A Defence Of The Tomb Raider Reboot & Dead Parents As Motivation

I recently began playing Tomb Raider: Definitive Edition, an updated version of the 2013 reboot. It has been well over half a decade since I have played the original game, so there was a cool balance of rediscovering a gem of the past generation, now in crystal-clear HD.

While the new games brought a different gameplay experience and a fresh-faced Lara Croft to the players, it reused a critical element of the previous reboot games story; Lara Croft’s parents are dead, and they are her motivation for her tomb raiding journey.

The dead parent trope is nothing new in pop culture, used in everything from Batman to Star Wars, Harry Potter and yes, Tomb Raider. This was seen as a contentious choice by Crystal Dynamics and narrative writer Rhianna Pratchett (alongside Jill Murray and Jason Dozois for Shadow), with the majority of the audience saying that it took away Lara’s agency, removing a strong part of her character.

And…I don’t agree. Now that we’ve had three years to see the entire trilogy, I believe the dead parents trope was a fantastic stroke of creative work.

Papa Can You Hear Me? – The Tomb Raider Reboot & Lara’s Dead Parents; A Defence

The original Tomb Raider games rarely acknowledged Lara Croft’s parents. We learn a little bit from her biography in the game manual for the first TR; how they arranged a marriage for her, but when she found a love of exploring and grave robbing, they disowned her, cutting her off from their lives.

It’s an interesting quirk of the original character; rather than running around tombs because of her parents legacy, she is breaking out for herself, being whoever she wants to be and rejecting the life that was laid out for her.

The only time her parents are ever seen in-game is at the start of Tomb Raider: Chronicles, where they attend the memorial service of their daughter, who is presumed dead in Egypt.

This all changed with the Tomb Raider movie in 2001, where Lara’s dead father was an archeologist, leaving clues for Lara to follow in his footsteps when he died searching for a powerful artefact. This carried over into the initial reboot series in 2006, with Lara looking for clues about her mother’s disappearance in Legend and Underworld, and following her father’s clues to an artefact in Anniversary.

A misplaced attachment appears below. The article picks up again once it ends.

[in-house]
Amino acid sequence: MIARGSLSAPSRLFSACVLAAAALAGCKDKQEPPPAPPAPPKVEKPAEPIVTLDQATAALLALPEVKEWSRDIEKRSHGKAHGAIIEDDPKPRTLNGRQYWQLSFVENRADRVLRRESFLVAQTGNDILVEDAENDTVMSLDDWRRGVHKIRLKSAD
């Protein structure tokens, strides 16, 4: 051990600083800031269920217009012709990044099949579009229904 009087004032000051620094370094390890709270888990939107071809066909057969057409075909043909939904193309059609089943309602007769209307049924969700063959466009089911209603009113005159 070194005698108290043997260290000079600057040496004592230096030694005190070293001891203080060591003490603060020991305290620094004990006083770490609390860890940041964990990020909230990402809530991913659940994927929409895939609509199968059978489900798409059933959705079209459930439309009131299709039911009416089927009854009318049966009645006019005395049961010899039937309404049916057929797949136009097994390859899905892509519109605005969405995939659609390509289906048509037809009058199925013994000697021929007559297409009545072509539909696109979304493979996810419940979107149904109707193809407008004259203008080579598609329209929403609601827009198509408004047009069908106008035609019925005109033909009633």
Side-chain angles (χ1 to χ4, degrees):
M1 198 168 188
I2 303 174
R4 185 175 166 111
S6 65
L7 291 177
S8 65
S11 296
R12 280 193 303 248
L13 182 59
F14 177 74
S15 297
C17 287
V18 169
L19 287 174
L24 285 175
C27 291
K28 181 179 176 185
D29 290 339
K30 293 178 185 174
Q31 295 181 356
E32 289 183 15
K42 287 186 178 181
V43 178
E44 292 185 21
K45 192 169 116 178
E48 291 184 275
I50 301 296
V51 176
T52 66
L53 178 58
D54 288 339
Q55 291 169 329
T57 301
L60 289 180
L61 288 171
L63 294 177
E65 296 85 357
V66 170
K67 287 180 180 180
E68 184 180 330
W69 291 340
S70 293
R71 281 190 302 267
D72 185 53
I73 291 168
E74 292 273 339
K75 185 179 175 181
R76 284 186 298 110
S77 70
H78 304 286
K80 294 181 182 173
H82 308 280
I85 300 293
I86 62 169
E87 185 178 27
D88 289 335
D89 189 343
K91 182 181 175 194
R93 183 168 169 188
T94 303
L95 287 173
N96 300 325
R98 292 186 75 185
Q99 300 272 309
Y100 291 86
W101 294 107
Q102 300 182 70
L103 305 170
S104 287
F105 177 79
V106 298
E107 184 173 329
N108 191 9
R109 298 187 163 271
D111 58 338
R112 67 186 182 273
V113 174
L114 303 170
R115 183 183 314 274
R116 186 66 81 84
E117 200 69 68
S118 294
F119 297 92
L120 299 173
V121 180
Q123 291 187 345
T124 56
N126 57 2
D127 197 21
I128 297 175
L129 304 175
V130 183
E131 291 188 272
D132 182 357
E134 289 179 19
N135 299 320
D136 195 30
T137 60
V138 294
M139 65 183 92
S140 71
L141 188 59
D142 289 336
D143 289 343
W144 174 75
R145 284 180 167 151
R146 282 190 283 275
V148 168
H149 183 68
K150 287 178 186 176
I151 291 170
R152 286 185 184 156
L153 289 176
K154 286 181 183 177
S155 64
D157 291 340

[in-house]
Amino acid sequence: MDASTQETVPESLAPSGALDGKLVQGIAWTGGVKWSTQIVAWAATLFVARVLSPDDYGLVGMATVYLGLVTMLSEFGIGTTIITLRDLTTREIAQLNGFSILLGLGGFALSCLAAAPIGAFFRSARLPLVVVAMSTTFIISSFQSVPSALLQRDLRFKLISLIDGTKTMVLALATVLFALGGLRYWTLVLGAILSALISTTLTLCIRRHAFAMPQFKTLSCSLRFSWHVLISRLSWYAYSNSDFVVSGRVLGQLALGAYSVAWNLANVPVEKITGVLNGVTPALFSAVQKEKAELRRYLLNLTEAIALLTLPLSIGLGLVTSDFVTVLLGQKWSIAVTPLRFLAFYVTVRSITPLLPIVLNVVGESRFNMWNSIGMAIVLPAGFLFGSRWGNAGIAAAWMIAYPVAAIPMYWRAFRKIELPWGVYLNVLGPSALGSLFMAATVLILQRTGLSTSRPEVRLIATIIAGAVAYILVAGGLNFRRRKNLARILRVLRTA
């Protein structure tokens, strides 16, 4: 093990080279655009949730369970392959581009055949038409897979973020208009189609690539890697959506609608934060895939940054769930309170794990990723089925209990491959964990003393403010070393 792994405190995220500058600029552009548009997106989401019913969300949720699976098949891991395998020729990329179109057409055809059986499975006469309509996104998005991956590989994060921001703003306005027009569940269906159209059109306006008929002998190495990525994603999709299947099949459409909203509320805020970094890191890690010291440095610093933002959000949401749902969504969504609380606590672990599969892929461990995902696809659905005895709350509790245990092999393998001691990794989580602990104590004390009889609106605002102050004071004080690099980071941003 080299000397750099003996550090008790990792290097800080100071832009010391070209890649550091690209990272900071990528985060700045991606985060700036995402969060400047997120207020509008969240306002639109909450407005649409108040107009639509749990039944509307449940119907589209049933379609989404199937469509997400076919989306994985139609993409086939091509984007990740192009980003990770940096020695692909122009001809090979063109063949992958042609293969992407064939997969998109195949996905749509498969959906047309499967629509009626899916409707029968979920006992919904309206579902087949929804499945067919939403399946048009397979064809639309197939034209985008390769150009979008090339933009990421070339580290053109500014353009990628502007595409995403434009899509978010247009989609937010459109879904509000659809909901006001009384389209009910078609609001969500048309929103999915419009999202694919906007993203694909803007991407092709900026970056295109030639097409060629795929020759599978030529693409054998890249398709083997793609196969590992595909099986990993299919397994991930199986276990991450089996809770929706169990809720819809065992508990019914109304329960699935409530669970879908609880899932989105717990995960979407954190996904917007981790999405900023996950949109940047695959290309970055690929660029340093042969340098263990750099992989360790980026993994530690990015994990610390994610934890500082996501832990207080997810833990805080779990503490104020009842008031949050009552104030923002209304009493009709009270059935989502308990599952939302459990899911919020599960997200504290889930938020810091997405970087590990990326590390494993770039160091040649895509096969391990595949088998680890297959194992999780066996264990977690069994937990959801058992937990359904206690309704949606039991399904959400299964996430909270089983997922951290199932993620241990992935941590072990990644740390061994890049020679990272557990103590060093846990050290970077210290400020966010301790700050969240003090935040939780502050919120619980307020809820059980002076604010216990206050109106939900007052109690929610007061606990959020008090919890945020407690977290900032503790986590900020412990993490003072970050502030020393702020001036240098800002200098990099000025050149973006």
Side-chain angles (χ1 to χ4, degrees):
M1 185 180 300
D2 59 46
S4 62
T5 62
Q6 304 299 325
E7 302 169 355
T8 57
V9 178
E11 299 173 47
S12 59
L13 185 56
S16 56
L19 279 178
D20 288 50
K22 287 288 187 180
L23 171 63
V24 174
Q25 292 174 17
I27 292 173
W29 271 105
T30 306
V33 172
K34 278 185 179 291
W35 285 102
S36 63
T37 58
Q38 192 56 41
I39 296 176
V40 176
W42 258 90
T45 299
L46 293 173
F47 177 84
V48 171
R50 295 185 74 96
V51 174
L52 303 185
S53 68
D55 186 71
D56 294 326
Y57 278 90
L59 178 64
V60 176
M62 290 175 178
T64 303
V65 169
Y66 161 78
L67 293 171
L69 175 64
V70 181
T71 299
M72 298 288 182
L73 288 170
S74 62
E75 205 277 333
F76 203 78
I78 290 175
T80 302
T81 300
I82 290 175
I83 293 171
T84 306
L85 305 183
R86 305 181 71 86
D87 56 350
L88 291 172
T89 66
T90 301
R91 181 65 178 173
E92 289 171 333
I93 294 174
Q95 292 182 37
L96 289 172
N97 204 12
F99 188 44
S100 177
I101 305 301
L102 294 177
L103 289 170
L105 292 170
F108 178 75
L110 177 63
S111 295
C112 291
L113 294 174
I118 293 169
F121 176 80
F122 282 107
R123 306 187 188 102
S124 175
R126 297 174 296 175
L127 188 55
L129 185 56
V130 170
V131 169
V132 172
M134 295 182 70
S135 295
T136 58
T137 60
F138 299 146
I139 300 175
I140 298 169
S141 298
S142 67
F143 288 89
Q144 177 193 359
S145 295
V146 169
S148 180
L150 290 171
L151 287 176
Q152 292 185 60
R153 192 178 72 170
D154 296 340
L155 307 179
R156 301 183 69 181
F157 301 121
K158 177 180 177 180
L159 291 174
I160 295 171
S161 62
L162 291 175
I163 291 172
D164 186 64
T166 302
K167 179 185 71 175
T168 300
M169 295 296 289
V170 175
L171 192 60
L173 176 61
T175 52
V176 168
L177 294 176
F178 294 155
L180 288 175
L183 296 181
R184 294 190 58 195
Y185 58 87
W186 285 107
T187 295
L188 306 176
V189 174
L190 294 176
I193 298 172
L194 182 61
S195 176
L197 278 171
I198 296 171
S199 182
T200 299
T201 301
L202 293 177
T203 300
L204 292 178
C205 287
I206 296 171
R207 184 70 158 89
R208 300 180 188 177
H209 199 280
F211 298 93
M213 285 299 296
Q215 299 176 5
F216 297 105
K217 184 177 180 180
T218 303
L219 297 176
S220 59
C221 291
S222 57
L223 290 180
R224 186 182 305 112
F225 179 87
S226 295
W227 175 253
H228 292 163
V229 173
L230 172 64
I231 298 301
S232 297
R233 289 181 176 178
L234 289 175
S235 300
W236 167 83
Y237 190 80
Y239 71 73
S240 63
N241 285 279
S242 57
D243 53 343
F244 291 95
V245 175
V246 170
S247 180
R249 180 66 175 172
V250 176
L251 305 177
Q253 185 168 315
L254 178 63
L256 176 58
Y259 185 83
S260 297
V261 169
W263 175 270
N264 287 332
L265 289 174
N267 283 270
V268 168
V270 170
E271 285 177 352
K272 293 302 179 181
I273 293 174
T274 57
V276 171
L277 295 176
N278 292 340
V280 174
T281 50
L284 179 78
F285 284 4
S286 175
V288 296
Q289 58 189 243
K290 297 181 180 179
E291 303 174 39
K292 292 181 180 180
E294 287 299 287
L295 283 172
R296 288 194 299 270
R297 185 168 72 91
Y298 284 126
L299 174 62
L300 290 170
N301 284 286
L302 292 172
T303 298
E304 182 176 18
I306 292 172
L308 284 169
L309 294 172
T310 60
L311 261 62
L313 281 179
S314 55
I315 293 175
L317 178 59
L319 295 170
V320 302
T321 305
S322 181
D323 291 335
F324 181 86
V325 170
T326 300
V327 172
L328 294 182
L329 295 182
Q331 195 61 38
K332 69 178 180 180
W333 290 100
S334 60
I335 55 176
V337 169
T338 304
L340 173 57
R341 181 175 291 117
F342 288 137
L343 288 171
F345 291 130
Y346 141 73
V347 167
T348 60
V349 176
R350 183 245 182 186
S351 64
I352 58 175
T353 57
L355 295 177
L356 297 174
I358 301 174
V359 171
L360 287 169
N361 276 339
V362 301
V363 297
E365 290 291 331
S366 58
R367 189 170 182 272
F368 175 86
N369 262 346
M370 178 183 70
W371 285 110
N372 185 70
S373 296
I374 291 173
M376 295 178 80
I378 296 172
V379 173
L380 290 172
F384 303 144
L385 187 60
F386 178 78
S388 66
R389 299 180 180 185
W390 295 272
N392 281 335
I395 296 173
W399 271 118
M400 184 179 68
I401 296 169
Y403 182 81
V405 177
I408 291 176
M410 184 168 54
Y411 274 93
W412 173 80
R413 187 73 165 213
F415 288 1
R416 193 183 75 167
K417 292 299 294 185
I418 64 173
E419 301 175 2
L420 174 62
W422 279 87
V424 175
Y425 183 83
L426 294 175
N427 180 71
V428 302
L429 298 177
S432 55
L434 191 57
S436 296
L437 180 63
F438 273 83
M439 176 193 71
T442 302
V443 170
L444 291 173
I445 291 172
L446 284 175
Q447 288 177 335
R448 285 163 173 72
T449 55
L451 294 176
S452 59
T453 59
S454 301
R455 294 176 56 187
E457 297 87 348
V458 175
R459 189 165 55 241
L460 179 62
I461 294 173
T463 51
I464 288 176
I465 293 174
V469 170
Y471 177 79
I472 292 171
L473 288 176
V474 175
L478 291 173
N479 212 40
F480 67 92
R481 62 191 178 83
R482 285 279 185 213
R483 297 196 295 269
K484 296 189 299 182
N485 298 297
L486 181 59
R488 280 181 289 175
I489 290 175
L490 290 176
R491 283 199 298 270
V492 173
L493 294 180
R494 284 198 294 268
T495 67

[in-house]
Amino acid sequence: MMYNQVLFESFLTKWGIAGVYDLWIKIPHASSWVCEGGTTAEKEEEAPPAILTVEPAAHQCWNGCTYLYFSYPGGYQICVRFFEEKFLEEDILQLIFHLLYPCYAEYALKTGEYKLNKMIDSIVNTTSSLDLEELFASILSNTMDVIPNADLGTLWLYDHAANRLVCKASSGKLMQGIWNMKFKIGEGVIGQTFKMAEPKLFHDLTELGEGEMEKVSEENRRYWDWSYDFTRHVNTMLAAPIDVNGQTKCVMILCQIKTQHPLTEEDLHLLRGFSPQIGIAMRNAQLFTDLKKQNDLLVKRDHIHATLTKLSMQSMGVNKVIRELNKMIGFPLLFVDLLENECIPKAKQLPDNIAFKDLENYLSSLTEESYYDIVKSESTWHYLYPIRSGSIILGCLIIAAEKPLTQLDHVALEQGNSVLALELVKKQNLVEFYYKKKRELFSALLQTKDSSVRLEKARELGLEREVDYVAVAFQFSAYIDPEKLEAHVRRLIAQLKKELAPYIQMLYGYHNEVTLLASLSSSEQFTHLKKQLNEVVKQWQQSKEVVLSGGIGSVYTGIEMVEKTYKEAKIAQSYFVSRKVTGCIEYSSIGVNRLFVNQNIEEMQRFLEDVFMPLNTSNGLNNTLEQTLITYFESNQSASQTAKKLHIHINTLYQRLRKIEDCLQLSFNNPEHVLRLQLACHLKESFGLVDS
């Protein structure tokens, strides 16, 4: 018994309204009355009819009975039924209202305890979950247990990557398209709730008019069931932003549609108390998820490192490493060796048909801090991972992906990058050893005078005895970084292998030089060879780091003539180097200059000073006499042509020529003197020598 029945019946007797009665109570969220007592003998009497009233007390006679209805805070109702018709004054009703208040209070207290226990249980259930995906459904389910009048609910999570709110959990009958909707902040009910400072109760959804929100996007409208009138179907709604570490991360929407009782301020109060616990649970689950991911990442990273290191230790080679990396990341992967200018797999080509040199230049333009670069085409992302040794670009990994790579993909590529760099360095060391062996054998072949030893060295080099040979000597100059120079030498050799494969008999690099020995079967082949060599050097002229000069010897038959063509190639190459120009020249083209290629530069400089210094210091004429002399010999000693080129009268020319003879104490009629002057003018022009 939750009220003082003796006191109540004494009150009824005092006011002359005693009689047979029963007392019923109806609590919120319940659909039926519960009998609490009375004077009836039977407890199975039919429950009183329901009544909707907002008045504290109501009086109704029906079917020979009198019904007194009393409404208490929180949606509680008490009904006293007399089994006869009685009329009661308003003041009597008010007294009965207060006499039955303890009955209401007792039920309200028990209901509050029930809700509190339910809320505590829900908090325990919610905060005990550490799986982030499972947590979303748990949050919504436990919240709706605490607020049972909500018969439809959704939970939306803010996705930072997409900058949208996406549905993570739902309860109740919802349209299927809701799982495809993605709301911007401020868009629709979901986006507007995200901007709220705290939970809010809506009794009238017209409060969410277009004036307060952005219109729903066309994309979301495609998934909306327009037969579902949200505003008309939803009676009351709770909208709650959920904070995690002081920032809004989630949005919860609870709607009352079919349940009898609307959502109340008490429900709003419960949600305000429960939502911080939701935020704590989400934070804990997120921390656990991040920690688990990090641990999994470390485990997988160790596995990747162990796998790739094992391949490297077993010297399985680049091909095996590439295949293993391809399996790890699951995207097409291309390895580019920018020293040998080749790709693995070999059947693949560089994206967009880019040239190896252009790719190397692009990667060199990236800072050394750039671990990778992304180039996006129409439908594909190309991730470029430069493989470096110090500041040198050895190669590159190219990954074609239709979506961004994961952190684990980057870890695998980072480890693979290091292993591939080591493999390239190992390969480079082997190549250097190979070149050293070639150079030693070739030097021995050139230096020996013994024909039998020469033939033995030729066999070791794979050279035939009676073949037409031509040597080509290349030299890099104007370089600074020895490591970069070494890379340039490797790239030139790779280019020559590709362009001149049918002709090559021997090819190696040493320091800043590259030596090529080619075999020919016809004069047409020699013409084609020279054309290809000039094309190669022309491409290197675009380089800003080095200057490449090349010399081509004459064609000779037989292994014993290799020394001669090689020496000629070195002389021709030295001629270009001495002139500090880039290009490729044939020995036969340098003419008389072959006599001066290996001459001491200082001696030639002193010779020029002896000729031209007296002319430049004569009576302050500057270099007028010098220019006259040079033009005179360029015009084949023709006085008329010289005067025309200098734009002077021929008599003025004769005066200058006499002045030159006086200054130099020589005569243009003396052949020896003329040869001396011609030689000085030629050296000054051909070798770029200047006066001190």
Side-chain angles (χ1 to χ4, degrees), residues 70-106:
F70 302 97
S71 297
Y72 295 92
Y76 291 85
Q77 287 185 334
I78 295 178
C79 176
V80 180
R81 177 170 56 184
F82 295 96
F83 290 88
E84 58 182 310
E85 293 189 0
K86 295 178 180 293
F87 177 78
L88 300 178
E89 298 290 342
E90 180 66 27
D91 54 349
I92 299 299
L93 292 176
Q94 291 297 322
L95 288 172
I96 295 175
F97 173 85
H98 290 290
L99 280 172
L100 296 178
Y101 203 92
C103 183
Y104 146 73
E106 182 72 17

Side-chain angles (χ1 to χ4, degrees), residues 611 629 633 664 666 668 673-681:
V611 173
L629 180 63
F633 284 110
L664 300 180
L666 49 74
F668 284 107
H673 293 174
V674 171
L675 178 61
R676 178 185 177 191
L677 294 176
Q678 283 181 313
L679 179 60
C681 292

This continued into the second reboot, with the few differences. Instead of disappearing, Lara’s mother died during a plane crash. In the first reboot, Lara’s father was killed by one of his enemies, but in the new reboot, her father was suspected of committing suicide, until it was proven it was staged.

Lara’s memorial service in Tomb Raider: Chronicles. This is the only time her parents appear in-person in the original Classic series. (Source: tombraiderforums.com)

When Lara’s parents are mentioned for the first time in TR 2013, Lara is notably dismissive of her father. At this point in her journey she has seen her father waste away, leaving her to essentially grow up on her own. He then commits suicide, with Lara discovering his body in his office. She’s not angry at him, but there is a bitterness and a feeling of wanting to separate herself from the Croft name and legacy.

Near the start of the game, Lara and the head archeologist Dr. Whitman start talking about the legendary Queen Himiko. Lara is playful but dismissive about Whitman’s theories, jokingly comparing him to their air-headed documentarian Sam. When Whitman continues talking about mystical and shamanistic powers Himiko was believed to have, Lara replies,

“You sound like my father.”

Unlike her previous jokey comments, in which comical sighs, suppressed chuckles and sarcasm can be heard, Lara’s remark about her father is cold, devoid of the previous infections of humour.

It’s not only when she is with others that her disdain for her father can be heard. After she flees the Stormguard Monastery and the monstrous Oni, Lara reprimands herself in her journal entry, saying,

“Shit, just listen to yourself, Lara. You sounds like dad.”

She continues, but her tone becomes softer.

“It’s like they’re the remnants of some lost civilisation. Okay, now you really sound like dad.”

For the first time she is starting to believe her father’s crazy theories, the ones that drove him away from her. She has lost her father to these ideas, and only now she realises that they might be true. Despite seeing that he might have been right, Lara doesn’t want to be like her father. This can be seen when Lara’s mentor, Roth, tells her he sees her father in her, and Lara replies that she,

…[isn’t] that type of Croft.”

But now she finds herself drawn to the space where her father used to be, finally seeing things from his point of view. As seen in the final scene of TR 2013, Lara says,

“For years I resented my father, doubted him like the rest. But he was right about so much. I just wish I could tell him that now.”